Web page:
Ahead of Labor Day, Secretary Marty Walsh and AFL-CIO President Liz Shuler hosted a virtual roundtable on collective bargaining and organizing in America. We asked AFL-CIO member Anders Bloomquist to share his experience with organizing and how his union has supported him.
What made you and your coworkers want to organize?
Several of us had been talking about it for a number of months, but ultimately it was a combination of the pandemic, the George Floyd protests, and recognizing the lack of internal structures around things like discipline. Initially, no one was opposed, but some people were uncertain. By the time we announced to management, over 80% of the workers were on board.
What has your experience with organizing and collective bargaining been like?
It has been respectful. There have certainly been points of contention, but we’ve found that we were able to establish a level of mutual respect with management that both sides have worked to maintain. We just finished our collective bargaining agreement and are extremely proud of what we’ve accomplished.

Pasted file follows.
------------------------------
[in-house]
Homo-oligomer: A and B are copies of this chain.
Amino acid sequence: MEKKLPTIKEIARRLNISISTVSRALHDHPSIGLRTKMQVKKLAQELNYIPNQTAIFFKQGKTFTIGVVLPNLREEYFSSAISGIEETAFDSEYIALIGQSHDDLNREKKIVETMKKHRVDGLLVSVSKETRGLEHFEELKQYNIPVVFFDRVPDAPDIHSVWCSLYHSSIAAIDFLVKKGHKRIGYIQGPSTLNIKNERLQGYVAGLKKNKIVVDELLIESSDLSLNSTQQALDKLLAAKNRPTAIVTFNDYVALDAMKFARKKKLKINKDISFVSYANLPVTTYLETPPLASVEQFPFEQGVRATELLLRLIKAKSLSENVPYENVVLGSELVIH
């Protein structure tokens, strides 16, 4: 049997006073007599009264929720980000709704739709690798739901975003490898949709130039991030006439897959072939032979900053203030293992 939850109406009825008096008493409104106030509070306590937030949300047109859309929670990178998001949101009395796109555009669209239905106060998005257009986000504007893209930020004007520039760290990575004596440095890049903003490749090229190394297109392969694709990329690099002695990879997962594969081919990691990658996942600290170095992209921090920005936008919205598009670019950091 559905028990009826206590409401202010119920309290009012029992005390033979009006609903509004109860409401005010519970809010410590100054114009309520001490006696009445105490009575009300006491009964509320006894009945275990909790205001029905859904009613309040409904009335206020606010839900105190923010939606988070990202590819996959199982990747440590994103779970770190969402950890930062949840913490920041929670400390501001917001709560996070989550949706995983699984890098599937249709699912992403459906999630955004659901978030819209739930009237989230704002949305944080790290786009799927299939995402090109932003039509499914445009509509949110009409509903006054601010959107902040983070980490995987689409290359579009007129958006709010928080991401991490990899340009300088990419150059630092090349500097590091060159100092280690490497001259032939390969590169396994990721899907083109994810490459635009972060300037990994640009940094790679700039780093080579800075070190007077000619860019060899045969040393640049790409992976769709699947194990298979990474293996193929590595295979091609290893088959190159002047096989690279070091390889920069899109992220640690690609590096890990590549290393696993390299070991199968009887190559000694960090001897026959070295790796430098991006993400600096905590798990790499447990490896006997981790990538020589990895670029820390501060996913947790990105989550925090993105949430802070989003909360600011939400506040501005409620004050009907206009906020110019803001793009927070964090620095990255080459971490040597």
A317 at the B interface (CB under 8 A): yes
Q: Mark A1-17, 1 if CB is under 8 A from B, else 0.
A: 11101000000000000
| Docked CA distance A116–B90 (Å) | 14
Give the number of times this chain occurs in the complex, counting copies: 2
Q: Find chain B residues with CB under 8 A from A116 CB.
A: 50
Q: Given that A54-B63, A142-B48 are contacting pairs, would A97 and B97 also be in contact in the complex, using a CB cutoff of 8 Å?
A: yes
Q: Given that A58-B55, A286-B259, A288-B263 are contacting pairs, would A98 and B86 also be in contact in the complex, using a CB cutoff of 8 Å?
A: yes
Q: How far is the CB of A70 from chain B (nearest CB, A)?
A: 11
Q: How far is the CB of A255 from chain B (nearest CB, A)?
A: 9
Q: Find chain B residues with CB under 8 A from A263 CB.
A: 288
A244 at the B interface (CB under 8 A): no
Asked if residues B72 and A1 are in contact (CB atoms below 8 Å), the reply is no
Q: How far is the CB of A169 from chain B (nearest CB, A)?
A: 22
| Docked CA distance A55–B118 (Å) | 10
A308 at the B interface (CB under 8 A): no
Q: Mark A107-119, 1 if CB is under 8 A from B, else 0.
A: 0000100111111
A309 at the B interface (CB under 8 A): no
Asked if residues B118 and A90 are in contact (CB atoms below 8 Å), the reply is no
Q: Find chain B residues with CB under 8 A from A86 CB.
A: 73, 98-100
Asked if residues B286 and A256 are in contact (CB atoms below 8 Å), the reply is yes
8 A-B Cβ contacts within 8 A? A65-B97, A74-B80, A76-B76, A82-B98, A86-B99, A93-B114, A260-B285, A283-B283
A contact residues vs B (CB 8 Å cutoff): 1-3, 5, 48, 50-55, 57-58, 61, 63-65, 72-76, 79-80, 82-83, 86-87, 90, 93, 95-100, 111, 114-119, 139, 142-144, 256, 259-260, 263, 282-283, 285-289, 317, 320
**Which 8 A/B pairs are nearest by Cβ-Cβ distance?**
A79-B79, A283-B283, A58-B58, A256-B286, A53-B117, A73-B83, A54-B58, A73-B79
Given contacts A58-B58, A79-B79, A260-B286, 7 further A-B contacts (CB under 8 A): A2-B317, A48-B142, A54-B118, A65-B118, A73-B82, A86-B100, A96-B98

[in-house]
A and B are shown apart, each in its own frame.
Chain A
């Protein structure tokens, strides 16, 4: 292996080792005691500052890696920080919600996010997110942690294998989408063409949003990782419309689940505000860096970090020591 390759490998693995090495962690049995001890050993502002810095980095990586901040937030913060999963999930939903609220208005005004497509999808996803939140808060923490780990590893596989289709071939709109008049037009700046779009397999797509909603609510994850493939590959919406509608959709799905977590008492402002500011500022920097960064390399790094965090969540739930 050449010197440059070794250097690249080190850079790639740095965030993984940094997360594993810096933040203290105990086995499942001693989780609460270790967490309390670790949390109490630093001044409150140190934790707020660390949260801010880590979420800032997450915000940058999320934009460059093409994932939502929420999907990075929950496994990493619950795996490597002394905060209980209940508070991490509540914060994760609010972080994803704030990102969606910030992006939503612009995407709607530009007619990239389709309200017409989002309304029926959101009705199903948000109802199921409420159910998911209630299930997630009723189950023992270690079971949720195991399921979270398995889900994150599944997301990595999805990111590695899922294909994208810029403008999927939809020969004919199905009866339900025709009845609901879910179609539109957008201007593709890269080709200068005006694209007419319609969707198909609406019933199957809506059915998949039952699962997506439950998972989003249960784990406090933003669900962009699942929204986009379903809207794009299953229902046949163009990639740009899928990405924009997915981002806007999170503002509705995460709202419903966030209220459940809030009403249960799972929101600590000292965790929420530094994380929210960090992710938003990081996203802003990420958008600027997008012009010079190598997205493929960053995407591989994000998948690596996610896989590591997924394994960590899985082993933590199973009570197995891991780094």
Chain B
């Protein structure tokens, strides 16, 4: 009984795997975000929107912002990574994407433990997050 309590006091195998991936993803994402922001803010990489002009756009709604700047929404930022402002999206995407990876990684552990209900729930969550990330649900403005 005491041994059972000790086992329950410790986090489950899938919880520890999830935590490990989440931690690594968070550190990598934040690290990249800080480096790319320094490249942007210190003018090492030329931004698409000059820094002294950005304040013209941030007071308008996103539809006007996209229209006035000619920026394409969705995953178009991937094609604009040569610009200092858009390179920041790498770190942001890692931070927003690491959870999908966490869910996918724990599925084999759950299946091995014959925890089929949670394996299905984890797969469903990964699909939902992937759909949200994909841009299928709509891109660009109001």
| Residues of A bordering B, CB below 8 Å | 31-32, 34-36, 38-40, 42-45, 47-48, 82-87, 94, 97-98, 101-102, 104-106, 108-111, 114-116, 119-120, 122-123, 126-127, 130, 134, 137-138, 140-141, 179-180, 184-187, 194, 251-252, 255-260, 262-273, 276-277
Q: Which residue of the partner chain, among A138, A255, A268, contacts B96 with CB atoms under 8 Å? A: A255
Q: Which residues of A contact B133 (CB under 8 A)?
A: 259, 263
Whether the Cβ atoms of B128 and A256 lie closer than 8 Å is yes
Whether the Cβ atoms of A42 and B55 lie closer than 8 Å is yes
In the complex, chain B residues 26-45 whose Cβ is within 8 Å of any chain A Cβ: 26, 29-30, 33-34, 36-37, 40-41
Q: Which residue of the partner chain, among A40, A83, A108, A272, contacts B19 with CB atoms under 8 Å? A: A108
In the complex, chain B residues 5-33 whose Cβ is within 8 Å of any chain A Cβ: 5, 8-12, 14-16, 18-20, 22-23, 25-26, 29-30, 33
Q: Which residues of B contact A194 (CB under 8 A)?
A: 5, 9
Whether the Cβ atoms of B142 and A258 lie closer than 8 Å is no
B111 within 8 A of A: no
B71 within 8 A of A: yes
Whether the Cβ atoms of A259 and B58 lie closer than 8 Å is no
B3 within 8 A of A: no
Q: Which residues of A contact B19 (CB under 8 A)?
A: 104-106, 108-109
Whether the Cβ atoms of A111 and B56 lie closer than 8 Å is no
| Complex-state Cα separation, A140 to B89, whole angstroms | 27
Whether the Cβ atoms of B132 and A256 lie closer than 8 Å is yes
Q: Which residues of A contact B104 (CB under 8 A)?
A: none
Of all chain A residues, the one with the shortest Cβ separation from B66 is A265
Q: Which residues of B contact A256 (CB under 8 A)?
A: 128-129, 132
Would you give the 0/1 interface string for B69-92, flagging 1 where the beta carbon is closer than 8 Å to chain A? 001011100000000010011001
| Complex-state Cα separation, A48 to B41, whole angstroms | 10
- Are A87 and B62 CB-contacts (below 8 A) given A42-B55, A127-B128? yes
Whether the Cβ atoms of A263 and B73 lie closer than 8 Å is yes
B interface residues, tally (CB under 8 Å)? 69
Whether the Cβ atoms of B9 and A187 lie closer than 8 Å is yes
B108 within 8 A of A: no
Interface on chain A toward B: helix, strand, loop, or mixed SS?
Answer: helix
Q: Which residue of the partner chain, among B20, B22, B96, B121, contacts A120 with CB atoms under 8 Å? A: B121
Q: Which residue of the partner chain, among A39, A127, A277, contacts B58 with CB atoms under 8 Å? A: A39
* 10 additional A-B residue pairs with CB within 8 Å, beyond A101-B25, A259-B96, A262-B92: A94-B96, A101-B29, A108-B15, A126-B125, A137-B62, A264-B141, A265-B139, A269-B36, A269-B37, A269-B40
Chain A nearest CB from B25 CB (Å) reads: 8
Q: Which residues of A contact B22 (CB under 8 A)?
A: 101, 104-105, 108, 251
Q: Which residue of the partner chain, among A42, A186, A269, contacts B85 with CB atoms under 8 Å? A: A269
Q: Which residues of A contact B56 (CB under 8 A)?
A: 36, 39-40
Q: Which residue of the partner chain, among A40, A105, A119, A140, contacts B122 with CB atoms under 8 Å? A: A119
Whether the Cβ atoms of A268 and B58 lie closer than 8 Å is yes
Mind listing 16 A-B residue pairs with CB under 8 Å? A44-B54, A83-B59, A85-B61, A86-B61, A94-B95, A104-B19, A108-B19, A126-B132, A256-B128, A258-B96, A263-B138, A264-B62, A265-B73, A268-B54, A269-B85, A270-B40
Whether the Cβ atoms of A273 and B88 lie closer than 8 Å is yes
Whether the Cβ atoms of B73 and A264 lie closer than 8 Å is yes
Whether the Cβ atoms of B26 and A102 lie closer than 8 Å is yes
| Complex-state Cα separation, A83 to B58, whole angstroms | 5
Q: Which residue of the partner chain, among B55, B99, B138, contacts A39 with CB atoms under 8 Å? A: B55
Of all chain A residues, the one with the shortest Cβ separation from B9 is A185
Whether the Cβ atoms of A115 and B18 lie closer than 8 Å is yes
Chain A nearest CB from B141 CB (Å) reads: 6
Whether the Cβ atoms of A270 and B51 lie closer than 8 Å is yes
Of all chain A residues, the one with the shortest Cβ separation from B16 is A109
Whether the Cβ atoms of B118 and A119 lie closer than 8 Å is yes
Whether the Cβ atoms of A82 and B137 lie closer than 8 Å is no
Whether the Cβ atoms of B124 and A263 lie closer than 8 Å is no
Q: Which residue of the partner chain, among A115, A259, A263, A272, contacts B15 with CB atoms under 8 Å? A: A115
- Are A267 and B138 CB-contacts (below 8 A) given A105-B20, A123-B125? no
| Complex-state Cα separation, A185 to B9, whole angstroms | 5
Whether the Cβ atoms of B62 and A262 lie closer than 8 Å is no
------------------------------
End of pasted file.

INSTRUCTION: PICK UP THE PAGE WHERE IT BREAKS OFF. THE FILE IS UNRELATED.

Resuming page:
How has your union supported you?
UNITE HERE! Local 17 has been wonderful. First, the organizing committee received lots of effective guidance and support. Then, despite an overwhelming majority of the Local’s members being out of work, the leadership team was willing to take a chance on a handful of smaller units at our workplace and the others organizing in the area.
Over 60 million Americans say they would join a union if they could. What would you say to someone who asked you whether they should organize a union at their workplace?
I won’t say it’s quick or effortless, but it’s less intimidating than you may think. The ability to get to know people, cultivate relationships of trust and mutual respect, then ask them to take a step with you are all basic steps in the process. If you do these things already then you are ready to begin building. There are of course many more specifics, but those are some of the core fundamentals.